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New CE finds ‘perfect’ job

New South Wairarapa District Council chief executive Harry Wilson. PHOTO/STEVE RENDLE

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Harry Wilson has been chief executive of South Wairarapa District Council for about five weeks – but says every day still feels like a holiday.

Given the challenges facing the council, primarily in sorting out a long-term solution to Martinborough’s drinking water issues after two E.coli contamination incidents this year, that is a bright outlook.

“This is just a lovely place,” he said after his first official council meeting this week, on a perfect winter’s day.

Wilson joins the council after 10 years in different management roles with the New Zealand Transport Agency, and before that, time as chief executive of Waikato Regional Council.

His NZTA roles meant a lot of commuting to Wellington for meetings.

“I’ve spent a large part of my career on planes,” he said.

“It’s actually really nice to live in a town where I’m working. And this is just such a lovely part of New Zealand.

“I grew up as a rural guy, in Whanganui, and was living in Foxton Beach – I like small towns.”

He was NZTA’s regional director for Waikato and Bay of Plenty at a time of record investment by the crown in the likes of expressways, and also worked extensively in freight.

The yellow “H” sign on the front and rear of trucks, signifying long or heavy vehicles are permitted to operate on state highways was one of his projects.

“I do joke that it was H for Harry. But that was a huge lift for the freight industry.”

Wilson said the move to Martinborough came at the right time.

“Every 10 years I’ve switched careers – it was time to start thinking about something different,” he said. “I had a bit of a health issue, a little heart scare, and I thought it was time to de-tune, travel less.

“It was time to start focusing on the next 10 years.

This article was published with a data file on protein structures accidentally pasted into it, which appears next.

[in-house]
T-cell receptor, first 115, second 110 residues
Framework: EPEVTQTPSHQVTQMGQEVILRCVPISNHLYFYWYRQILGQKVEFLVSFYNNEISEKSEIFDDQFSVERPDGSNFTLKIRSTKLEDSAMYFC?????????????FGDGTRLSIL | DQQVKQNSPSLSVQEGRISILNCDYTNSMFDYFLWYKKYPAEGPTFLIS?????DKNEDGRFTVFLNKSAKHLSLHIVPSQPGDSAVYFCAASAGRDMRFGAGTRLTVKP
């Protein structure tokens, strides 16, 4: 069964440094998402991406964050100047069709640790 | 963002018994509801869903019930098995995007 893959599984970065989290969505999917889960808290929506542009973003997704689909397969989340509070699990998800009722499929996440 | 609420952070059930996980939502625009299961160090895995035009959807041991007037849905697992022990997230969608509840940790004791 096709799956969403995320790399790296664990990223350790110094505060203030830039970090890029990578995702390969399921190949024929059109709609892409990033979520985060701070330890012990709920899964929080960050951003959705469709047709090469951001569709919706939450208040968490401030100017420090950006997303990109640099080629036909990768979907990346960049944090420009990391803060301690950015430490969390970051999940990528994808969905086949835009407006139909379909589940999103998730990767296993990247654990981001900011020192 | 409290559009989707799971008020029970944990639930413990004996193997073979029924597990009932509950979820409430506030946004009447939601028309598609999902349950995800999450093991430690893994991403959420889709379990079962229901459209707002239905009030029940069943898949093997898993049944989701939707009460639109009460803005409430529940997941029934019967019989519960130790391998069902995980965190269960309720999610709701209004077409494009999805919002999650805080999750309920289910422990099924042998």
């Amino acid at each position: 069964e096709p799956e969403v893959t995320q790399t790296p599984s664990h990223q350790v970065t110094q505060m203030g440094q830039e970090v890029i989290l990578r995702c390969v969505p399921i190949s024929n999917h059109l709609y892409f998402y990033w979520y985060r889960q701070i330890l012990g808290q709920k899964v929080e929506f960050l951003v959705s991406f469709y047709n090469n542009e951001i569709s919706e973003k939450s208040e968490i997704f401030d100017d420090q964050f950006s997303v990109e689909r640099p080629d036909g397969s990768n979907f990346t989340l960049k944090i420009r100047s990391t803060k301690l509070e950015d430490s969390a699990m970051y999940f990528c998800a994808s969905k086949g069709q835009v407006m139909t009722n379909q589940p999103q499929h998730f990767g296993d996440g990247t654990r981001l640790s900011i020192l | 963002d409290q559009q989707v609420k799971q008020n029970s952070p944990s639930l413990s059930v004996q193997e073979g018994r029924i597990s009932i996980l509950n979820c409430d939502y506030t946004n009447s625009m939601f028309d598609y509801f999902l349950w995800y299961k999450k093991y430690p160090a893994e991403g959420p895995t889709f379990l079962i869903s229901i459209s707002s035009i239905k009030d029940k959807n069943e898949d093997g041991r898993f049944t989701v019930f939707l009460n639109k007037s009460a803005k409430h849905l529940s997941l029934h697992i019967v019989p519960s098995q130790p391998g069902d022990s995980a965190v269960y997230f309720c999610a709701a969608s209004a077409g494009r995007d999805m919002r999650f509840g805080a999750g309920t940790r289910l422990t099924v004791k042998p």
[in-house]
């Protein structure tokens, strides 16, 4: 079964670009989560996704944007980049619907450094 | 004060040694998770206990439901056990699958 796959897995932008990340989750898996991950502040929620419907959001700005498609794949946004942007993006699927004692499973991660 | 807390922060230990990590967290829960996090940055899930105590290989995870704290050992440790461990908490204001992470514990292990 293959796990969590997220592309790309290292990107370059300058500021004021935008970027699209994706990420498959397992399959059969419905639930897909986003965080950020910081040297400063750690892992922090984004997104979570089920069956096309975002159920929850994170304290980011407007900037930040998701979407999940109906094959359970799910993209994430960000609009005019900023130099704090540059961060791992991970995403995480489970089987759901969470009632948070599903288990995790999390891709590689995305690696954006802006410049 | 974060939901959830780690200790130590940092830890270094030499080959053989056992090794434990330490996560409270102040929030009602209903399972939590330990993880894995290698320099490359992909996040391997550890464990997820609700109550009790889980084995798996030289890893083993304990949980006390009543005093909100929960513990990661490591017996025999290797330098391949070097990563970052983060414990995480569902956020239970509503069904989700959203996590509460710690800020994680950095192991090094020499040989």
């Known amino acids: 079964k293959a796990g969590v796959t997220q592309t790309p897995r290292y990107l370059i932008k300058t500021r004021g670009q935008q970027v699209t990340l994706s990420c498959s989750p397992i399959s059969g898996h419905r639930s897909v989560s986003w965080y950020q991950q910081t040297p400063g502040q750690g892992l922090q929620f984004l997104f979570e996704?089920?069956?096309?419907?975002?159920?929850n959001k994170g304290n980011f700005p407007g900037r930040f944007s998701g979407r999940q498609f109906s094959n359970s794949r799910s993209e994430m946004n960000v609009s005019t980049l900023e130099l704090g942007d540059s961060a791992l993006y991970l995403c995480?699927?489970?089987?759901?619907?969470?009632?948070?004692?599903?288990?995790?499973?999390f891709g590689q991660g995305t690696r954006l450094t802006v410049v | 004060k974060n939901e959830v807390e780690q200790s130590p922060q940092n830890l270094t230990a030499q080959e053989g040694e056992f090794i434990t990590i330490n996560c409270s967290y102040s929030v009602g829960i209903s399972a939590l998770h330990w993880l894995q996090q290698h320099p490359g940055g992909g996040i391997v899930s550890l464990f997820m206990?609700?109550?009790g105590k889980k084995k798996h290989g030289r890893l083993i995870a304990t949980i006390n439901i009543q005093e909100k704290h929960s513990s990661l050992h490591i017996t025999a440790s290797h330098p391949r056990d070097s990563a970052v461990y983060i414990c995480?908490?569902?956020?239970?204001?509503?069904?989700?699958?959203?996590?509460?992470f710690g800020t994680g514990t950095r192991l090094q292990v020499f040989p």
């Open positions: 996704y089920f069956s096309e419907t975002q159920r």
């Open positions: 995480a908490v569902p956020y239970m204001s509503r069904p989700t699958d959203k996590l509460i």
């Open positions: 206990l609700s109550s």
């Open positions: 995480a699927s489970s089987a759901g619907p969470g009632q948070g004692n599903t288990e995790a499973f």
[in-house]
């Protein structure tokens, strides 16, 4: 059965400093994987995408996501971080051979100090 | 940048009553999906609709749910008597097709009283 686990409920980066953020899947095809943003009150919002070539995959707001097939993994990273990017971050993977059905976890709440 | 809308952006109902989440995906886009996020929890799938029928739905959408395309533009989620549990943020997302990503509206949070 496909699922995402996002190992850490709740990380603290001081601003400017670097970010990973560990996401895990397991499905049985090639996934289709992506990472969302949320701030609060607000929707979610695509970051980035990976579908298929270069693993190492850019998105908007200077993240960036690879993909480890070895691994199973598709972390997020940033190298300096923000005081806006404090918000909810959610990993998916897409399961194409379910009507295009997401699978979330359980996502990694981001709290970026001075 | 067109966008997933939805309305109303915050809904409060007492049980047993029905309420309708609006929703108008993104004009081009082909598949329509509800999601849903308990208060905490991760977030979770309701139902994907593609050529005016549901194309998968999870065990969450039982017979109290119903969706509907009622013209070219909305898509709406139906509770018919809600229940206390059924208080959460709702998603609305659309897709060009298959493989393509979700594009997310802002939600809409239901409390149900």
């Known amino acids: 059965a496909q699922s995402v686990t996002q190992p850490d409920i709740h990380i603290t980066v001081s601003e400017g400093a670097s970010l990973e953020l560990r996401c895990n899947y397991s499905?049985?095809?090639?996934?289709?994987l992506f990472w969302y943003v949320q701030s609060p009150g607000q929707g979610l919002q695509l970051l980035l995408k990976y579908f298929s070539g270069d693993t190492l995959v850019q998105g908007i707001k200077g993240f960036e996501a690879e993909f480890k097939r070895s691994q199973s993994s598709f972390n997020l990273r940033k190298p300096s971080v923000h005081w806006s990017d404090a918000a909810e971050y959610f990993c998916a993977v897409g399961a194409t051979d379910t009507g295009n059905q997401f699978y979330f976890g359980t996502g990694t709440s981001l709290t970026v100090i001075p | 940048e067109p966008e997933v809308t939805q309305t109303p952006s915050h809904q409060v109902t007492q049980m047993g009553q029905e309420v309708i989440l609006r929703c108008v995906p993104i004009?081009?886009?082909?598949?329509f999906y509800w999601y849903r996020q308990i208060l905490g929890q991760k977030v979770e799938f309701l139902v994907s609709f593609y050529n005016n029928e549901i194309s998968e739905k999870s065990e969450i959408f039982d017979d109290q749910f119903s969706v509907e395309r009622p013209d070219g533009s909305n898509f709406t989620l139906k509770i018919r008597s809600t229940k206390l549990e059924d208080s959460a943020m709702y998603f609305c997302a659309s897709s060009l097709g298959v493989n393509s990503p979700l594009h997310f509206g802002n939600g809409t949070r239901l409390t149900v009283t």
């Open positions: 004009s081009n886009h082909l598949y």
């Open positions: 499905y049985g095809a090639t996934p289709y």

“I looked around and when this job came up I thought ‘perfect’.”

A key attraction was being close to the community he was working in.

“The job’s all those things that I really enjoy,” he said. “It’s a small community – it’s one of those places you can get to know everyone and that’s really great. It’s got the large rural areas as well as the towns.

“Most importantly, I wanted to feel a part of something.

“Here, you can be a part of something as opposed to be apart from it.”

Wilson says there are strong connections between his regional council experience and his new role.

“I started as regulatory manager for the regional council – that was consents,” he said.

“I was brought into that role without local body experience, deliberately, because they wanted someone who could translate that tough edge of why you regulate, why the rules are in place, but also help people be successful in their business. Traversing that line is a critical thing.”

That experience, he says, will serve him well, particularly in relation to the council’s plans to irrigate Featherston wastewater to land.

“Things like the Featherston wastewater system, I’ve been the person who has granted consents for those types of activities, so it’s useful to know how both ends of the spectrum work – the council’s role as an applicant, but also what the regulator needs in terms of information.

“So, I’m hoping I’m bringing that to the table.”

Wilson says he has been well-briefed by acting chief executive Jennie Mitchell.

“I came in with my eyes open.”

That was clear at his first official meeting as chief executive when the issue of “consultation” over plans to move to permanent chlorination of Martinborugh’s water came up.

While Mayor Viv Napier had told the community there would be consultation before such a move, Wilson was clear on what that could entail.

A manganese removal plant is required before chlorination can take place as the combination can turn water black.

“The range of options you have trying to find an alternative water supply that is not going to have manganese is very small,” he said.

“We’re better to make sure that by Christmas we have a safe, secure, clean water supply for our community.

“With chlorination, we aren’t the experts in that area, it is public health. Why would we even try to second guess the advice we get from the Department of Health?”

But Wilson says the intended consultation or “engagement” with the community over the issue is genuine.

“The whole purpose of our engagement is to talk to the community. Because communities like this have a lot of people who have qualifications like master’s degrees in science and are connected internationally, not just nationally.

“If someone has ideas, we want to hear from them.”

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